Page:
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Unformatted text preview: A Morphable Model For The Synthesis Of 3D Faces Volker Blanz Thomas Vetter Max-Planck-Institut f¨ur biologische Kybernetik, T¨ubingen, Germany Abstract In this paper, a new technique for modeling textured 3D faces is introduced. 3D faces can either be generated automatically from one or more photographs, or modeled directly through an intuitive user interface. Users are assisted in two key problems of computer aided face modeling. First, new face images or new 3D face mod- els can be registered automatically by computing dense one-to-one correspondence to an internal face model. Second, the approach regulates the naturalness of modeled faces avoiding faces with an “unlikely” appearance. Starting from an example set of 3D face models, we derive a morphable face model by transforming the shape and texture of the examples into a vector space representation. New faces and expres- sions can be modeled by forming linear combinations of the proto- types. Shape and texture constraints derived from the statistics of our example faces are used to guide manual modeling or automated matching algorithms. We show 3D face reconstructions from single images and their applications for photo-realistic image manipulations. We also demonstrate face manipulations according to complex parameters such as gender, fullness of a face or its distinctiveness. Keywords: facial modeling, registration, photogrammetry, mor- phing, facial animation, computer vision 1 Introduction Computer aided modeling of human faces still requires a great deal of expertise and manual control to avoid unrealistic, non-face-like results. Most limitations of automated techniques for face synthe- sis, face animation or for general changes in the appearance of an individual face can be described either as the problem of finding corresponding feature locations in different faces or as the problem of separating realistic faces from faces that could never appear in the real world. The correspondence problem is crucial for all mor- phing techniques, both for the application of motion-capture data to pictures or 3D face models, and for most 3D face reconstruction techniques from images. A limited number of labeled feature points marked in one face, e.g., the tip of the nose, the eye corner and less prominent points on the cheek, must be located precisely in another face. The number of manually labeled feature points varies from MPI f¨ur biol. Kybernetik, Spemannstr. 38, 72076 T¨ubingen, Germany. E-mail: volker.blanz, thomas.vetter @tuebingen.mpg.de Modeler Morphable Face Model Face Analyzer 3D Database 2D Input 3D Output Figure 1: Derived from a dataset of prototypical 3D scans of faces, the morphable face model contributes to two main steps in face manipulation: (1) deriving a 3D face model from a novel image, and (2) modifying shape and texture in a natural way....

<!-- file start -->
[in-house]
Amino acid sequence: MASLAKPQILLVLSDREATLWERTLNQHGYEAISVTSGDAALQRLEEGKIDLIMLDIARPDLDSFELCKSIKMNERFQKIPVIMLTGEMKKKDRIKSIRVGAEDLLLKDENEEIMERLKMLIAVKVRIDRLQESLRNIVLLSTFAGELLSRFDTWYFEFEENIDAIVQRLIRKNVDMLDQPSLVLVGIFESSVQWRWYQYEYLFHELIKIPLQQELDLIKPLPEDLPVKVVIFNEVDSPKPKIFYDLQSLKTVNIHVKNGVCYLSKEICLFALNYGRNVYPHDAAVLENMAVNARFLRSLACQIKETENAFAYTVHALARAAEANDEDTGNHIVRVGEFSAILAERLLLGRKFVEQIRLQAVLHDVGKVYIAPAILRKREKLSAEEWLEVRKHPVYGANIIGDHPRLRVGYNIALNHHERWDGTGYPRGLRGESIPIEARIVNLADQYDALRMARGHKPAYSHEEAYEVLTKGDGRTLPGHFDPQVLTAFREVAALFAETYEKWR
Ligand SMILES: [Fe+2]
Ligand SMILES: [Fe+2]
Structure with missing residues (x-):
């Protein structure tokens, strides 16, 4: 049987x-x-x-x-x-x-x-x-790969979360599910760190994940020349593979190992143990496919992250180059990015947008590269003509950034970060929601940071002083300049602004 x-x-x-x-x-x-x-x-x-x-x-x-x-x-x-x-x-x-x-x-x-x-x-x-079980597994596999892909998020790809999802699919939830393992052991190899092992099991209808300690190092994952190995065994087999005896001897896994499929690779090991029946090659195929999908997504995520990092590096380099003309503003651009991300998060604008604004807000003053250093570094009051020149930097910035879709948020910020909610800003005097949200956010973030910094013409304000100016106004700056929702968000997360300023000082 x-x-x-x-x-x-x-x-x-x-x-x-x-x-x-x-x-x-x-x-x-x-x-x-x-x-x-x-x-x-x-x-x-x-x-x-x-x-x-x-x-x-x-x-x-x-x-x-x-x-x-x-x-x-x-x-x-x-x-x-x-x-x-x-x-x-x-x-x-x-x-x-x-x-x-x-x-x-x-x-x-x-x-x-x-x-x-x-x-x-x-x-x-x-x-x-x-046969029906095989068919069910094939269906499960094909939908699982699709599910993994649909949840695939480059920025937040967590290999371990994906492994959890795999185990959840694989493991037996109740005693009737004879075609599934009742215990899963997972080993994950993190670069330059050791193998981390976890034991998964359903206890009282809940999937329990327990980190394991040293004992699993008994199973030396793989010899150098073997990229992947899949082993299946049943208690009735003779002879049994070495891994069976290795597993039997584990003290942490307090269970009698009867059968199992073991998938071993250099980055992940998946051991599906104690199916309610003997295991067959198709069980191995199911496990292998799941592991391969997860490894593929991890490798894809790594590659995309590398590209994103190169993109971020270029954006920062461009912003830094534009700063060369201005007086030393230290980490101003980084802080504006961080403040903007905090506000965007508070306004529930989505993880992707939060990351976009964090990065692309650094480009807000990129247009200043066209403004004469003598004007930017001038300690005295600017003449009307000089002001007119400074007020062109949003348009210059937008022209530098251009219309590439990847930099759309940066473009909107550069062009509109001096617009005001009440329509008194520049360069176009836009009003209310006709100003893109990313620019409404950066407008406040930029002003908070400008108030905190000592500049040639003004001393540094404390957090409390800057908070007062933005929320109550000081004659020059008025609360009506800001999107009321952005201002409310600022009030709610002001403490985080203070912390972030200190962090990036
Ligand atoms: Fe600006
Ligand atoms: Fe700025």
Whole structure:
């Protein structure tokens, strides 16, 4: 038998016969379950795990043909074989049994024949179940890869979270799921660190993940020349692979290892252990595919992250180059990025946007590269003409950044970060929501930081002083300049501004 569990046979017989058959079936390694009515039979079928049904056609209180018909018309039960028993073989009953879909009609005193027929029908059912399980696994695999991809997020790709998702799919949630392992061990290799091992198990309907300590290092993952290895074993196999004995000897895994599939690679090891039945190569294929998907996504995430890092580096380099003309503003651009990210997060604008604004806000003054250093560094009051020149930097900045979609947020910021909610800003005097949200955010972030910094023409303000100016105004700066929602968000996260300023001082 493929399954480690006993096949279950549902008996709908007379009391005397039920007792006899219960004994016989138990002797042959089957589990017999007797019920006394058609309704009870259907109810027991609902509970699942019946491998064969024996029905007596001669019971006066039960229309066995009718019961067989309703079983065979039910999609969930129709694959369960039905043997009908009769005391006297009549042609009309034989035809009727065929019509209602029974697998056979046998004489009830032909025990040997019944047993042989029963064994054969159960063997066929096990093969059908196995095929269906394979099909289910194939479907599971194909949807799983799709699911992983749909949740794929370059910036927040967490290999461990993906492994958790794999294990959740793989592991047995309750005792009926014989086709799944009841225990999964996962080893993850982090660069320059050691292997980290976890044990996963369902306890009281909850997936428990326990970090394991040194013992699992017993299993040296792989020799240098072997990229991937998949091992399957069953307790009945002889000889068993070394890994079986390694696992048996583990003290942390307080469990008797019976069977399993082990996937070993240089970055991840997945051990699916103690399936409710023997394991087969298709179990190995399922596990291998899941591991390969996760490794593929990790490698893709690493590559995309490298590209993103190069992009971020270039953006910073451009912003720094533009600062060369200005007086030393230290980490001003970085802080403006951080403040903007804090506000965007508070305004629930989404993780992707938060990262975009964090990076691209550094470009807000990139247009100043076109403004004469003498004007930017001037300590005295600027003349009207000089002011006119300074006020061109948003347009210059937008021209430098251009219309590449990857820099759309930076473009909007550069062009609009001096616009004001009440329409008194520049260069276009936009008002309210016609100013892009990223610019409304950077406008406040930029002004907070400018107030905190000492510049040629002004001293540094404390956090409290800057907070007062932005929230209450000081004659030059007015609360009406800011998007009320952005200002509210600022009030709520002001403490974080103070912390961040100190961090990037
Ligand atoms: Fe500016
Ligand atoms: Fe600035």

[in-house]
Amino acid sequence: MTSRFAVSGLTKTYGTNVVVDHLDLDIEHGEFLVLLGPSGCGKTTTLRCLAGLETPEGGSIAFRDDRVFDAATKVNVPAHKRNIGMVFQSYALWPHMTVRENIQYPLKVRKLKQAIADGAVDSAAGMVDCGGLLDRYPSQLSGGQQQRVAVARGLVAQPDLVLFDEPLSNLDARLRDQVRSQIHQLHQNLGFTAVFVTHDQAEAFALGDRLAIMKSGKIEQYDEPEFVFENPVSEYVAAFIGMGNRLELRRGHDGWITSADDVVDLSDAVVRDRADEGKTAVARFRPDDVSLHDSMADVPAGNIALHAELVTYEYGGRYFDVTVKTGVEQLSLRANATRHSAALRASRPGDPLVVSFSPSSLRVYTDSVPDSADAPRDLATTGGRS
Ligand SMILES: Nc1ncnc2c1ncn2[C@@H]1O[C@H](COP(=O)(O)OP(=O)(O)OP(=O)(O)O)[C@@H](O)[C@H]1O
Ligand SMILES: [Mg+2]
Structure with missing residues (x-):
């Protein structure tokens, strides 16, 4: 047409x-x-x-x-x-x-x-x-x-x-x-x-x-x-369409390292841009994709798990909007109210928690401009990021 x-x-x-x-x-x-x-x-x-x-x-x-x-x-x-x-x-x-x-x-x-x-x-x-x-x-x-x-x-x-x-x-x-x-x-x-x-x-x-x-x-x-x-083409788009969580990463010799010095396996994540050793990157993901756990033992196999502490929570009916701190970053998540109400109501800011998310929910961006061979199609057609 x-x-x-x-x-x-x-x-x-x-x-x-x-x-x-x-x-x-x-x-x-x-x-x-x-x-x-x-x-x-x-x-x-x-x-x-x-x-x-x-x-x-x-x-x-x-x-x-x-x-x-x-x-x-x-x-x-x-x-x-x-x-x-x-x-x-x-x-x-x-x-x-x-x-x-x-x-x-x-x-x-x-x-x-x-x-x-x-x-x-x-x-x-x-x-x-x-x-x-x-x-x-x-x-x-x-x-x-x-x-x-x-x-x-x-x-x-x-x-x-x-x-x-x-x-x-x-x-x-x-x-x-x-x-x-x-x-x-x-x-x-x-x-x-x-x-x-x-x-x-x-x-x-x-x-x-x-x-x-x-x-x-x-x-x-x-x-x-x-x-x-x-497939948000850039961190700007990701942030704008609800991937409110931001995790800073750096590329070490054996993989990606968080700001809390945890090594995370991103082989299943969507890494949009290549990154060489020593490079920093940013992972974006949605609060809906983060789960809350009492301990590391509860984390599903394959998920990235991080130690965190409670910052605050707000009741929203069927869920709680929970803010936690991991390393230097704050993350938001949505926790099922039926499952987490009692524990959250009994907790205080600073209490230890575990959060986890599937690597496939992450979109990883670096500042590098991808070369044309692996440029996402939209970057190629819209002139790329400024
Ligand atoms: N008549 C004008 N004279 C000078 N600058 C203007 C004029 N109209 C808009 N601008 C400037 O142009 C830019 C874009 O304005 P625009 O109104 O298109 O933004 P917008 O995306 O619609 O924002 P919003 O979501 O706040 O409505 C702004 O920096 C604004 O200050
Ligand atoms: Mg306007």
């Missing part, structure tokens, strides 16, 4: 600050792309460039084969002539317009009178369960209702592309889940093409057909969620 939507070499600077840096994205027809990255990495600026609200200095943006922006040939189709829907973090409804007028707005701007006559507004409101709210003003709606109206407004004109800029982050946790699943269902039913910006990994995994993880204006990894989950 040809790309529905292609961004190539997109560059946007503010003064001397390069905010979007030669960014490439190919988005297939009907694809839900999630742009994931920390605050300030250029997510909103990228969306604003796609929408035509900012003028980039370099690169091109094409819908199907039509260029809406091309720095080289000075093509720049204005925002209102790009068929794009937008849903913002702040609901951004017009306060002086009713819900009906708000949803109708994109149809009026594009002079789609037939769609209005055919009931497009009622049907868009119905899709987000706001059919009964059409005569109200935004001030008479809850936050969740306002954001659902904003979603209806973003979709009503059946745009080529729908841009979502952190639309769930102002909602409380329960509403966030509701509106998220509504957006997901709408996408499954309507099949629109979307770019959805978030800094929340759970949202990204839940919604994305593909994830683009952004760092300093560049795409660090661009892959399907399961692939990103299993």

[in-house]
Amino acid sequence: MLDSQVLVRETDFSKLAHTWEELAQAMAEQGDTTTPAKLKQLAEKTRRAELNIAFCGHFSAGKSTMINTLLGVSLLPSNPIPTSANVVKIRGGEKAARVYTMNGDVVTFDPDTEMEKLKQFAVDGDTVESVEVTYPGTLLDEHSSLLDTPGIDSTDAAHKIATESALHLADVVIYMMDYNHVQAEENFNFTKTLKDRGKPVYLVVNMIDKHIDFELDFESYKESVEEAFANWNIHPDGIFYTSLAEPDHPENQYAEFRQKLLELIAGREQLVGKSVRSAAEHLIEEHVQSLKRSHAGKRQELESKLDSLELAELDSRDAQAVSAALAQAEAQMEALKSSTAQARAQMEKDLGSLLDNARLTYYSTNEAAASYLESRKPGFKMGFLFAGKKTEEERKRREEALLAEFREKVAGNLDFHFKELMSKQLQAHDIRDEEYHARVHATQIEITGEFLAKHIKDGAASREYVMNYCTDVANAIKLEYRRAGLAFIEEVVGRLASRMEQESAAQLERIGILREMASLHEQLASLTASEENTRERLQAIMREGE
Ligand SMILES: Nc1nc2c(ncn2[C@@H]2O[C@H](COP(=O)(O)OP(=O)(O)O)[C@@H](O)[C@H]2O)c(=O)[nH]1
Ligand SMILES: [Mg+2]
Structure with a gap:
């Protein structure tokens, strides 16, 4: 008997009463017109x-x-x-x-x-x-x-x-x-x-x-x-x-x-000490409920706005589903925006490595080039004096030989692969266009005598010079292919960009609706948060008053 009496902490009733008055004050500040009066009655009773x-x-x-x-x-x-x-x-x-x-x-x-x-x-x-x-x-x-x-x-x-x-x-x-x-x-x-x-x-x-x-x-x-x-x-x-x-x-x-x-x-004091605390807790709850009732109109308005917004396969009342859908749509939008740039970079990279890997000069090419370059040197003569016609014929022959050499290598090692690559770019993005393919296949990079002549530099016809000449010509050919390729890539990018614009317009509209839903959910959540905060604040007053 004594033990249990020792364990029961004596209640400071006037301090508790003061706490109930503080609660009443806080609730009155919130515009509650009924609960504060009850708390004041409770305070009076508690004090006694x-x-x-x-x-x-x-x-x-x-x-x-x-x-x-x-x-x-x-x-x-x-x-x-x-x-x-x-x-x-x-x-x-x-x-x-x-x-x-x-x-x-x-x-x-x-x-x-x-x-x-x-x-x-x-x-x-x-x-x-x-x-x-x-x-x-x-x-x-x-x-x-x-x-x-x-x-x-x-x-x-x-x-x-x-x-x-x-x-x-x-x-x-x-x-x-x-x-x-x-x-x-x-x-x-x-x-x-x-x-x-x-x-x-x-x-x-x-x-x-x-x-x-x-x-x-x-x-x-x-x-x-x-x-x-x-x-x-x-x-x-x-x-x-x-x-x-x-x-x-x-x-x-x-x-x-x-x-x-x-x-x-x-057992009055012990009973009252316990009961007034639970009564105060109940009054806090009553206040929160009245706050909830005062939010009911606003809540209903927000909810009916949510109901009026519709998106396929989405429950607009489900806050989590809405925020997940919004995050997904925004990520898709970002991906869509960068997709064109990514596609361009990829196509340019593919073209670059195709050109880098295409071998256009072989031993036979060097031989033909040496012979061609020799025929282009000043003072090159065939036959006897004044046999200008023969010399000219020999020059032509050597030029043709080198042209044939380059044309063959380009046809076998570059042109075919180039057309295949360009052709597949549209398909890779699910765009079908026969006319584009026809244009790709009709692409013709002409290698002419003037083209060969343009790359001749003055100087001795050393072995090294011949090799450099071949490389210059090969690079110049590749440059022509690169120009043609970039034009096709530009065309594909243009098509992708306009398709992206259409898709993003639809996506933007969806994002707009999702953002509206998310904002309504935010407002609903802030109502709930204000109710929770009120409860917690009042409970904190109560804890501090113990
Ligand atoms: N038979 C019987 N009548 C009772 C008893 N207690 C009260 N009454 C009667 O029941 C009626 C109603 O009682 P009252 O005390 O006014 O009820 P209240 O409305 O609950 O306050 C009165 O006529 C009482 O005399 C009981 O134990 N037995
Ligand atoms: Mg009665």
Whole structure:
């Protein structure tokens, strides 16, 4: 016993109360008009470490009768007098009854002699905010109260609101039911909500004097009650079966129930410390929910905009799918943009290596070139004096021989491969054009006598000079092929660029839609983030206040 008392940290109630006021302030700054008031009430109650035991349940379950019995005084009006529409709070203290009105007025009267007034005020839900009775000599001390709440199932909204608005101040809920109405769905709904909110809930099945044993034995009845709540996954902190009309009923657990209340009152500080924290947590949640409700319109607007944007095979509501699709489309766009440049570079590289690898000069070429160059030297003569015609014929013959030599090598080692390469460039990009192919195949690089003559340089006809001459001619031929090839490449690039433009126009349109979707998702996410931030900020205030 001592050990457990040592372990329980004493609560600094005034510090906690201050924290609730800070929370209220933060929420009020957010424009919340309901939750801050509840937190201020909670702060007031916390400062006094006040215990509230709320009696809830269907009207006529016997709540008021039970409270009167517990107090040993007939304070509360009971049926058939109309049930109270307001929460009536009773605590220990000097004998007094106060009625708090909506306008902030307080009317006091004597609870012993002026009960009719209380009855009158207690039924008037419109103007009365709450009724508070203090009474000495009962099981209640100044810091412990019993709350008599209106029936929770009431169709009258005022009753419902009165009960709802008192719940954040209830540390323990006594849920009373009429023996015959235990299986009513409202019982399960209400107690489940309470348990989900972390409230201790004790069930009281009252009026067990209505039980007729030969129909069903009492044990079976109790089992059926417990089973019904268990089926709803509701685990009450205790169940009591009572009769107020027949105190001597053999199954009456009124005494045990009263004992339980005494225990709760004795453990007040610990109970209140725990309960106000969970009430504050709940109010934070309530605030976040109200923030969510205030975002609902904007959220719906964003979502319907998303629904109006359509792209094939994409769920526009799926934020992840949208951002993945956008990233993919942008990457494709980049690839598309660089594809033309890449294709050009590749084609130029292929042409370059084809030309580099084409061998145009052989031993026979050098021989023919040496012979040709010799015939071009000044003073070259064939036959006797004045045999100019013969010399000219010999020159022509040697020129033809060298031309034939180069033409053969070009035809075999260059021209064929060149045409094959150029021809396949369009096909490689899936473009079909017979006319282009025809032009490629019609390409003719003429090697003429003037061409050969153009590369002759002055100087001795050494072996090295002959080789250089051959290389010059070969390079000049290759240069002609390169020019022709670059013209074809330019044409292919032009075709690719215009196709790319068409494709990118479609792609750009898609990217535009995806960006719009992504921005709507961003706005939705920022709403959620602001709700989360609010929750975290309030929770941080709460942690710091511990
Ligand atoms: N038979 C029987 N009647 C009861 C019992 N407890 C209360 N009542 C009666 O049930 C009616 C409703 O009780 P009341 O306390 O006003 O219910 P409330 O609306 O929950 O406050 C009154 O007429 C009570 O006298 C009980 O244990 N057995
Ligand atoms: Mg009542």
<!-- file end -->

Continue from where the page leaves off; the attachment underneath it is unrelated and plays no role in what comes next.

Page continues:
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This note was uploaded on 06/13/2011 for the course CAP 6412 taught by Professor Staff during the Spring '08 term at University of Central Florida.
- Spring '08
- The Land